When I stand on the mountaintops here in California and look west I see the periphery of the largest ocean on earth. For decades it provided a boundary that protected our endeavors and a sea upon which we could pursue more diversified interests than were available to us otherwise. But to my mind it never ever drove us to achieve the way that Blue Ridge promise did. The ocean has always been something we could take or leave – at least so far as our national identity is concerned. In fact that is not true; in feeling it is spot on.
I wound up where I am now for many of the same reasons that our ancestors did. I am working on gaining a greater understanding of the tagline Mr. Thurber provided for this blog. I’m grateful for the trails my predecessors blazed. They certainly made it easier for me to get here. But it’s left to me to figure out why. And to take in any sunset anywhere for what it’s really worth: the promise, though not the guarantee, of a new day to come.
I had really hoped to catch up on a weeks worth of shooting today. I’ve covered a lot of territory and have more to explore before reaching home base on Friday. Two days in San Francisco that included lunch with my brother Pat and a Google + Photo Walk led by Dave Powell and Chris Cabot. Then a short drive by Pt Reyes that consumed nearly an entire day. And last night a trip up to Tahoe through a driving snow storm. Phew!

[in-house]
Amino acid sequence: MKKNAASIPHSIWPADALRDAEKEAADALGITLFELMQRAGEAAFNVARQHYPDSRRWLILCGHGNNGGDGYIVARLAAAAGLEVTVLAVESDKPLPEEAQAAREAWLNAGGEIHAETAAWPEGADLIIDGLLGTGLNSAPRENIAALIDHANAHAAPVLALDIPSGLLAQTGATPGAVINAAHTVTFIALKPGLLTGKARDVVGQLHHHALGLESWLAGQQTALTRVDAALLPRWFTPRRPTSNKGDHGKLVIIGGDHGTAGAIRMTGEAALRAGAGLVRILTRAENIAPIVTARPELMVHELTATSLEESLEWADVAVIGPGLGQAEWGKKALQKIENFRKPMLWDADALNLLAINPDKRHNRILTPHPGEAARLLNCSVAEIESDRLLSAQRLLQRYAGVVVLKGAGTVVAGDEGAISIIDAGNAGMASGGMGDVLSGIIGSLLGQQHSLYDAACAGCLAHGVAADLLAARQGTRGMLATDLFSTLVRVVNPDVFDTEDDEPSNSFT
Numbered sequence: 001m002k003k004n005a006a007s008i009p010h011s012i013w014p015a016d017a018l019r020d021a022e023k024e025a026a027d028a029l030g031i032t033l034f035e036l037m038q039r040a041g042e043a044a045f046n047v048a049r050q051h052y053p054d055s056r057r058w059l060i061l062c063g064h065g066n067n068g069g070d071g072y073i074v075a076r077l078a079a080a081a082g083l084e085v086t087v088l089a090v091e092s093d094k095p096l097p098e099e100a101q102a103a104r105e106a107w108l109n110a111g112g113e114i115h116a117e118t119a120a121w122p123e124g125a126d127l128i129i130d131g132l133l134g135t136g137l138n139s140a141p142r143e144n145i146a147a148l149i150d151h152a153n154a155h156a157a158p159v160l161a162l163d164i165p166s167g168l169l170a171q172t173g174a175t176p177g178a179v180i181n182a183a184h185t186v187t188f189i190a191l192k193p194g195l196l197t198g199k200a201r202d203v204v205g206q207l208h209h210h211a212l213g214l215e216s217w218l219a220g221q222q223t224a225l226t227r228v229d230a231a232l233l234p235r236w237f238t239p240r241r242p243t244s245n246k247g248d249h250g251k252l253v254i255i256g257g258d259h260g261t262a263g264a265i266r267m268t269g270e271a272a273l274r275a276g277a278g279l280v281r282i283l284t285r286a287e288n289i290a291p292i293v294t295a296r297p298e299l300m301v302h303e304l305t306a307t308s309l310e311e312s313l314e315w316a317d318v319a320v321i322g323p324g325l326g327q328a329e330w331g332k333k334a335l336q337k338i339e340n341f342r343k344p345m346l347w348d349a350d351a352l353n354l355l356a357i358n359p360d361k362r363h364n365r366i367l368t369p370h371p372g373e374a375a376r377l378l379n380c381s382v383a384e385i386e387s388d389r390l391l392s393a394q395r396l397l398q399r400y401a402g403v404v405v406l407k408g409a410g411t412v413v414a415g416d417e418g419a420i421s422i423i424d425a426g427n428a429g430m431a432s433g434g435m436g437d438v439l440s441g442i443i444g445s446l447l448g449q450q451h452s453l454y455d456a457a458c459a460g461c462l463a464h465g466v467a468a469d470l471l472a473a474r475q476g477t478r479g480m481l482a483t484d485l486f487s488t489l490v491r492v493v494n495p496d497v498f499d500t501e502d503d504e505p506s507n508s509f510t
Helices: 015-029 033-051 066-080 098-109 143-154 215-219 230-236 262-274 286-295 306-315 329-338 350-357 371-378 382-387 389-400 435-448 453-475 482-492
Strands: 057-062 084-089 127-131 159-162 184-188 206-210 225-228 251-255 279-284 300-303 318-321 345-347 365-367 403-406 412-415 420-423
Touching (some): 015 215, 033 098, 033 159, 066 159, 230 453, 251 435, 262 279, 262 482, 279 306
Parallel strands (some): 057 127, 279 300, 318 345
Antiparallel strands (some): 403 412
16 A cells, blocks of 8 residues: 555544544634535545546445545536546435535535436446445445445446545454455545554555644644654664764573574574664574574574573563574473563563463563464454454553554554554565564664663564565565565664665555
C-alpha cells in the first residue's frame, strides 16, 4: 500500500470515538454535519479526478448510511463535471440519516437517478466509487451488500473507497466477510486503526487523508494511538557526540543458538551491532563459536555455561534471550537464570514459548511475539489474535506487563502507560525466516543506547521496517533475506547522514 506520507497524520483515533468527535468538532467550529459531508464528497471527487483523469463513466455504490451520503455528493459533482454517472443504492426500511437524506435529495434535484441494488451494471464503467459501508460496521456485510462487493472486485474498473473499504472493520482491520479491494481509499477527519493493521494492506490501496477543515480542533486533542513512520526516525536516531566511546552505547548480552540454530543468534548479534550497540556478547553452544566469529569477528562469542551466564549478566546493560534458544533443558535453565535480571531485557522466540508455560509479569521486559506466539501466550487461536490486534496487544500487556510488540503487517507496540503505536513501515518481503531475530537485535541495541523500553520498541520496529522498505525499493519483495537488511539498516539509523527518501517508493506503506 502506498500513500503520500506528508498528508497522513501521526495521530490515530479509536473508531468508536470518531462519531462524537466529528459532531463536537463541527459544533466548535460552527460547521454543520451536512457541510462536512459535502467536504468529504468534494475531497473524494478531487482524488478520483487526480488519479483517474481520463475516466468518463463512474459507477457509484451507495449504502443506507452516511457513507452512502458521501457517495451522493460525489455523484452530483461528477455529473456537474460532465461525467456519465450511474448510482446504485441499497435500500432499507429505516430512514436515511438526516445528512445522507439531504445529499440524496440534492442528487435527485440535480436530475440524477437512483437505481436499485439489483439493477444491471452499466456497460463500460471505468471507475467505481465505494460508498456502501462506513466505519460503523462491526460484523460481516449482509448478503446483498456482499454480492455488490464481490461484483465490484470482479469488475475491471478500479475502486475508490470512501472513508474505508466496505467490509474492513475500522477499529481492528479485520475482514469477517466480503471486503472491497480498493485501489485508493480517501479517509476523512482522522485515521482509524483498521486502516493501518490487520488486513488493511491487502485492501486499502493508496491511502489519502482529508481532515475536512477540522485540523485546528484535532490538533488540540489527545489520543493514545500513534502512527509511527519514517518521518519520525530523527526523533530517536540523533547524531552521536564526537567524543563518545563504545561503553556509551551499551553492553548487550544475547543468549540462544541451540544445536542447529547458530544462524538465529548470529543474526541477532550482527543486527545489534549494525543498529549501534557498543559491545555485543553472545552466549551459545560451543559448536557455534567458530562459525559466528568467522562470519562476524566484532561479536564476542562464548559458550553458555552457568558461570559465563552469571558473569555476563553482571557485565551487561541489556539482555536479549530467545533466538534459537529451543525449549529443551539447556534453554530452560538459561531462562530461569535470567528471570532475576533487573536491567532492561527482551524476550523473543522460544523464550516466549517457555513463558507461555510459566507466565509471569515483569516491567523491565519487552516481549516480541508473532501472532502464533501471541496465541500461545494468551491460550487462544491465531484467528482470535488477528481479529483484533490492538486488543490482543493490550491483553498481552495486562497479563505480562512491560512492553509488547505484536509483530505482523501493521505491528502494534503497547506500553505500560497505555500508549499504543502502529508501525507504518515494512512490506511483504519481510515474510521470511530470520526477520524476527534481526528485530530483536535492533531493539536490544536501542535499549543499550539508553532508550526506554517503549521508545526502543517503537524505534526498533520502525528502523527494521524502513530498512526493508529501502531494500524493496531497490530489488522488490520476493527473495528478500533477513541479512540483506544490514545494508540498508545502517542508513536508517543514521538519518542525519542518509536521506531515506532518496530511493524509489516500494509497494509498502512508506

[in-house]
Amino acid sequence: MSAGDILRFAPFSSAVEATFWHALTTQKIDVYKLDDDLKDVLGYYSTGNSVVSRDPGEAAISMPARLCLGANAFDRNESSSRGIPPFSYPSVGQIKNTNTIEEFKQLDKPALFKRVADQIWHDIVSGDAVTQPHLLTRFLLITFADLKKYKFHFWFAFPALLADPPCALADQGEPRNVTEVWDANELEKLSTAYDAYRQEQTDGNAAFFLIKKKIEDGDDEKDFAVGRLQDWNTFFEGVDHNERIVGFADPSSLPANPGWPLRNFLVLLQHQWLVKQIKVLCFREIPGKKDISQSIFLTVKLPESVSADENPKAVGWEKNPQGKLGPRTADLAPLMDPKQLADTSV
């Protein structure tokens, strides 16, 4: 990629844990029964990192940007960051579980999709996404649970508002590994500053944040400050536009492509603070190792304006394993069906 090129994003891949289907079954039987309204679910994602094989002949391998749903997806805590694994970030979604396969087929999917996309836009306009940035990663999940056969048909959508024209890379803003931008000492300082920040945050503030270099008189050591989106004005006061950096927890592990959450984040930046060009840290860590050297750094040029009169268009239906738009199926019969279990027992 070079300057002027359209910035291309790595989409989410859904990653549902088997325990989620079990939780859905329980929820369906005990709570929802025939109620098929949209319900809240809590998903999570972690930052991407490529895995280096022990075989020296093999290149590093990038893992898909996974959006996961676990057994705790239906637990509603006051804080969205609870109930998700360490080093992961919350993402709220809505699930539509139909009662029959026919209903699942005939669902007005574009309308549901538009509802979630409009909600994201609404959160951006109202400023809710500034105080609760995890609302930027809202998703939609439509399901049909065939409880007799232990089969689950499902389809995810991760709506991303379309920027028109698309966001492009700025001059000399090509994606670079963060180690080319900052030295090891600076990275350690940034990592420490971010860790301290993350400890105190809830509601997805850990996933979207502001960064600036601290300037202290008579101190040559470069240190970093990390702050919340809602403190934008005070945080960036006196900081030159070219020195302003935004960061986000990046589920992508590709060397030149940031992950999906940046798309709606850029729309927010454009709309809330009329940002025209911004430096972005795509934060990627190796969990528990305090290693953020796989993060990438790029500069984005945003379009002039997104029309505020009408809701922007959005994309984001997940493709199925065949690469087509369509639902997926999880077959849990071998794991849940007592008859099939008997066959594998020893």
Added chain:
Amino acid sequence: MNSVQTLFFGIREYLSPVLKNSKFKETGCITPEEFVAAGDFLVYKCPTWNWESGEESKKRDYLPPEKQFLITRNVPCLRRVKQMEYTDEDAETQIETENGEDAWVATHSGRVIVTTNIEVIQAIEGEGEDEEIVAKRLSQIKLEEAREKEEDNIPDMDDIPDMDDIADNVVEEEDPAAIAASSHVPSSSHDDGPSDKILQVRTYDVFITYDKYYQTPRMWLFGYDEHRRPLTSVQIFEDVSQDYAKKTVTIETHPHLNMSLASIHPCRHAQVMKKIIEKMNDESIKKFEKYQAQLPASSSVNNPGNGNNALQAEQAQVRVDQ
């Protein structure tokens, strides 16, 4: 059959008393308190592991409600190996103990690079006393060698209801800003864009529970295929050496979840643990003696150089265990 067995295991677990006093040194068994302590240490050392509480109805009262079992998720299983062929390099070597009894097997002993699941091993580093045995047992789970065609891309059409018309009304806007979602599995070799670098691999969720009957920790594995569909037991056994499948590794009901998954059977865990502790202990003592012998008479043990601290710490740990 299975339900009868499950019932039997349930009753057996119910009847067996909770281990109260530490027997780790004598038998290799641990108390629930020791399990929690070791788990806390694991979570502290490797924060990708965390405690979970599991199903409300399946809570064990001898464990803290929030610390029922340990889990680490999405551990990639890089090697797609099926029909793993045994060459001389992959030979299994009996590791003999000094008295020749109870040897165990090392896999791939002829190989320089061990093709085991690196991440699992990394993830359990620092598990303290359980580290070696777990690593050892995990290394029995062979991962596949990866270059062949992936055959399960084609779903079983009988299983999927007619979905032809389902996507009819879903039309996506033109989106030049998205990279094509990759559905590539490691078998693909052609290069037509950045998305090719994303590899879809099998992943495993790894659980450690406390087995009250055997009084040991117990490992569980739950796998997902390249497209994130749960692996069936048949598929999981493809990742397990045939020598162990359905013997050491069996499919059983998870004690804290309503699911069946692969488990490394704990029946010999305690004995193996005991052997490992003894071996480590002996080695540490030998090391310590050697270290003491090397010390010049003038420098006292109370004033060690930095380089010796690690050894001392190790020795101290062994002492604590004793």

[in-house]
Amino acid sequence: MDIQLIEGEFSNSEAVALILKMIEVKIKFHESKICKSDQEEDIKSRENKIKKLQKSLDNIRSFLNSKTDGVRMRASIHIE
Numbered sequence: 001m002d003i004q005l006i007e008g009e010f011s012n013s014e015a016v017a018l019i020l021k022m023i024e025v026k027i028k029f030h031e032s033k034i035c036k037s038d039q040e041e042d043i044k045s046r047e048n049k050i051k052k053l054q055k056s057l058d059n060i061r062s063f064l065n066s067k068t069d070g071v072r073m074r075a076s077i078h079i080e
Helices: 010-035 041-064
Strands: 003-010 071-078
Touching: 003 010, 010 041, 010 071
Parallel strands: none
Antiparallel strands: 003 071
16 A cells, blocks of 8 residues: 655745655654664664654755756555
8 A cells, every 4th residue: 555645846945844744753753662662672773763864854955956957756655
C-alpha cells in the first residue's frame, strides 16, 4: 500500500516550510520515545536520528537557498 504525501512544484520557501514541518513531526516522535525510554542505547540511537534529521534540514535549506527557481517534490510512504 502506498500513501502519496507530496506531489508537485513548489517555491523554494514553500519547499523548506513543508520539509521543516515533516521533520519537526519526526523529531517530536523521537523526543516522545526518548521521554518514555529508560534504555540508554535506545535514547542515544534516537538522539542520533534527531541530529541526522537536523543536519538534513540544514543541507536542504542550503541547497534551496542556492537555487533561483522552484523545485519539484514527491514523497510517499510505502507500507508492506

And we’re only half way.
So let me throw some iPhone pics at you for now and get some other stuff later.
This is Emerald Bay near South Lake Tahoe. The island is called the Tea House.
The pier at Sugar Pine Point State Park.
King’s Beach Launch Area
The most common view of the Lake as you circle it is through gorgeous evergreen stands like this one.
And finally a rocky out cropping near Memorial Point on the Nevada side.
Drove up to San Francisco for the weekend to participate in a Google+ Photographers Photo Walk led by Chris Cabot and Dave Powell. Dave authors ShootTokyo.com, a blog I’ve followed for quite a while and I jumped at the opportunity to meet him and quite a few other people who I’ve only know electronically. I also got to see my brother Pat for the first time in more than eighteen months.